Church Missionary Department Embraces Angry Sports Show Culture with New Safety Videos

Keeping Latter-day Sait missionaries safe is vital, but does this new mock sportscast do it effectively?

[dropcap]F[/dropcap]irst off, I’m flummoxed. I don’t use that word lightly. I just finished watching the first episode of The Safety Zone, the new effort by The Church of Jesus Christ of Latter-day Saints to teach missionaries values related to safety while in the mission field. This is super important stuff! I just can’t decide whether the chosen format is the most effective way to yield results.

Produced in the style of popular sports commentary shows, where various hosts yell at each other over various metrics and unprovable qualitative aspects to an athlete’s game, The Safety Zone stars three surnameless hosts, Jarom (yes, Jarom), Spencer, and Vivian, who “replay” videos of missionaries engaging in various activities, and the results of their choices. Jarom and Spencer are real-life hosts of BYU Sports Nation.

Jarom and Spencer, both of whom I want to punch, couch their arguments in the first episode in two areas: Jarom in favor of strict obedience (and his gelled hair, Windsor knot, and general uptight demeanor seem to play to the archetype), and Spencer more concerned about all forms of awareness. Spencer is clearly the “bad boy” of the group, what with his moppy hair, non-white shirt, and summer sales demeanor. Who will win?! Vivian basically plays arbitrator, trying to get the two opponents to find compromise, and it’s a genuinely nice note that the “buzzer” moment at the end of the sequence is that of obtaining the oft-eluded “Consensus!” instead of one person vanquishing the other. It’s just a shame that Vivian is relegated to what is essentially a supporting, motherly role, as opposed to an equal player with passionate opinions who can mix it up with the other two. Perhaps future episodes will give her more time to duke it out.

The Safety Zone comprises 12 episodes in total that will cover areas such as courtesy, respect, food safety, personal safety, transportation safety, avoiding electrical wires (an important, but unfortunately required solution given how many missionaries have died or been injured in recent years due to contact with electrical wiring), and sexual assault or harassment, to name a few.

“The Lord cares about His missionaries,” said Elder S. Gifford Nielsen, a General Authority Seventy and former NFL quarterback serving in the Church’s Missionary Department. “We’re trying everything we possibly can to think about the situations that they might find themselves in that would take them away from being who the Lord has called them to be, and that is to be His missionaries proclaiming His gospel throughout the world.”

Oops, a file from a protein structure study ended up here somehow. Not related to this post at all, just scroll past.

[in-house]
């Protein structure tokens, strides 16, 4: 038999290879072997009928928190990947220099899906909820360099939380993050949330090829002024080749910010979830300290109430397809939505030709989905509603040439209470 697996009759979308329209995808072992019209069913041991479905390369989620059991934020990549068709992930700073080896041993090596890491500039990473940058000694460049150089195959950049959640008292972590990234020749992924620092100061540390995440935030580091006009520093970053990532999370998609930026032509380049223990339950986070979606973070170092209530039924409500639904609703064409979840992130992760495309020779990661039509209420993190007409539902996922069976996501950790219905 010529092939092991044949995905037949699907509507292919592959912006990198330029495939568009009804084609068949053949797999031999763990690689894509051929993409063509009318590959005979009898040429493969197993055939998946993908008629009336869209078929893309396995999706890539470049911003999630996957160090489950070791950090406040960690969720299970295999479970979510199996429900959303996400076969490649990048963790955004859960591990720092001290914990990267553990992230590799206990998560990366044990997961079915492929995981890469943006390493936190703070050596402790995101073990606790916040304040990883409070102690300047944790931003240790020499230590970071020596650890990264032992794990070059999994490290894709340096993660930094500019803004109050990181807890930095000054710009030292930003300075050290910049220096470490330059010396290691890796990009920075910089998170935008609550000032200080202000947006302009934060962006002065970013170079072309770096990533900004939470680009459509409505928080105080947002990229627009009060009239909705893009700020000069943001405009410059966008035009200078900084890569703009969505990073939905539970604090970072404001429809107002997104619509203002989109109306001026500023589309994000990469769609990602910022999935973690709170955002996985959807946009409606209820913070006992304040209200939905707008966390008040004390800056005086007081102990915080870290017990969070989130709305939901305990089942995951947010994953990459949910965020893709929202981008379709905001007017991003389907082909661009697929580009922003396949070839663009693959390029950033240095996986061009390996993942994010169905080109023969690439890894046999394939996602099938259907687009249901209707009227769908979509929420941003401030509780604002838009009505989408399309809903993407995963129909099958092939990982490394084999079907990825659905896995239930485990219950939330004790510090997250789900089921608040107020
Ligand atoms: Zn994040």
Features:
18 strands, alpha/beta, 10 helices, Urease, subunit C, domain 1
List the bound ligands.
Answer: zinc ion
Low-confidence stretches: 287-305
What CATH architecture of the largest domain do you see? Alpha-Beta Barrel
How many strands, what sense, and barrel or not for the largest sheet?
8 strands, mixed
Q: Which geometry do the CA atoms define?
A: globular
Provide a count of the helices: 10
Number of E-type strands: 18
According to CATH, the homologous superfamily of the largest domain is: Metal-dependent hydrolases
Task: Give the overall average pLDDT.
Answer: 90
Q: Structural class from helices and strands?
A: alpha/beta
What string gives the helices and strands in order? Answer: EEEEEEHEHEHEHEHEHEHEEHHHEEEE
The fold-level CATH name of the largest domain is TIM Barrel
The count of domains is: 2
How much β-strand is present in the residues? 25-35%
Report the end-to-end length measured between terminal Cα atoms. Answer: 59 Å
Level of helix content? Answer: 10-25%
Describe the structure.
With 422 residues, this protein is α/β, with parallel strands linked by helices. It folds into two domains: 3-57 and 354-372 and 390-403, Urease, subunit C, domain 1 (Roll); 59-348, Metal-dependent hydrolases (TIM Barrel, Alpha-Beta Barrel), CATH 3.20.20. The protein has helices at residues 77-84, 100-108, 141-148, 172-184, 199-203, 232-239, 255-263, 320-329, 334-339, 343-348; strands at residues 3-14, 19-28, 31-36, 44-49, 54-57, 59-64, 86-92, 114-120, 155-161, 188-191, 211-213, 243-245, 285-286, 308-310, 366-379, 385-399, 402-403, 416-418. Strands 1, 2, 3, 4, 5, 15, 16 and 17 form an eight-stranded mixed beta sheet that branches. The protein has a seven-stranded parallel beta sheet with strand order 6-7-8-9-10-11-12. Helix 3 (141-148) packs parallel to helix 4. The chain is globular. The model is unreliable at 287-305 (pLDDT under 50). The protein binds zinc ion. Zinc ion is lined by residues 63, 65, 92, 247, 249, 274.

Among the good messages shared in the video, Vivian makes the point that if missionaries fail to be safe and respectful, they will be unable to preach the gospel and serve the people around them – the entire reason they are there. Don’t let careless decisions hinder what should otherwise be a positive 24 or 18 months devoted to the lives of others.

Apparently Elder Nielsen, as well as Bonnie H. Cordon, Young Women General President, will appear as guests in some of the episodes, which ought to be amusing if the current format is preserved and doesn’t shift to that mysterious faux living room from which originate regional stake conference broadcasts. You know the one. Those windows aren’t real.

Recently called missionaries will be asked to view the first episode of The Safety Zone at home with their families. Subsequent episodes will be viewed in Missionary Training Centers and in the mission field. The first episode embedded above is unlisted on YouTube, so it’s anyone’s guess how much of a profile the remaining series will have among the general public.

With 65,000 missionaries currently serving, and a seeming rise in accidents affecting missionaries, proper training, even if some areas seem like common sense, is necessary to keep the Lord’s army safe and effective. Personally, I’m on the fence whether a faux sportscast, in all its cheesy, Utah glory, is the best way to go about this, especially for a global body of missionaries that might not fully appreciate the homage to commentators yelling on ESPN and Fox Sports. At least March has already given us such great content after February gave us the US Army’s worst recruiting video in recent memory.

I will say this, however. I loved the segment on respect. Various vignettes showed missionaries being disrespectful in myriad ways, from running onto a bus in front of another woman, to making stupid poses in front of a Buddhist shrine (that one is actually located in Hawaii, btw), to antagonizing an angry dog. The crucial message was that there are deeper consequences to being disrespectful. The angry dog? Its owner was watching. Teaching opportunity gone. The bus? Women were repulsed by the Elders’ behavior. Teaching opportunity gone. The shrine? A groundskeeper saw the Elders’ behavior and was ashamed. Teaching opportunity gone.

Also, outside of teaching opportunities, just be respectful because it’s the right thing to do. That said, I will grace you all with a picture from my own mission that veered into this territory. But I wasn’t the one who made fountain of a kid peeing! You also might notice a couple kissing in the background, a not uncommon sight on the Iberian Peninsula. Those people are saucy!

But let’s pause for a moment and recognize that the footage of the sister missionary riding on the bed of at truck and subsequently being knocked onto the ground by a tree was comic gold.

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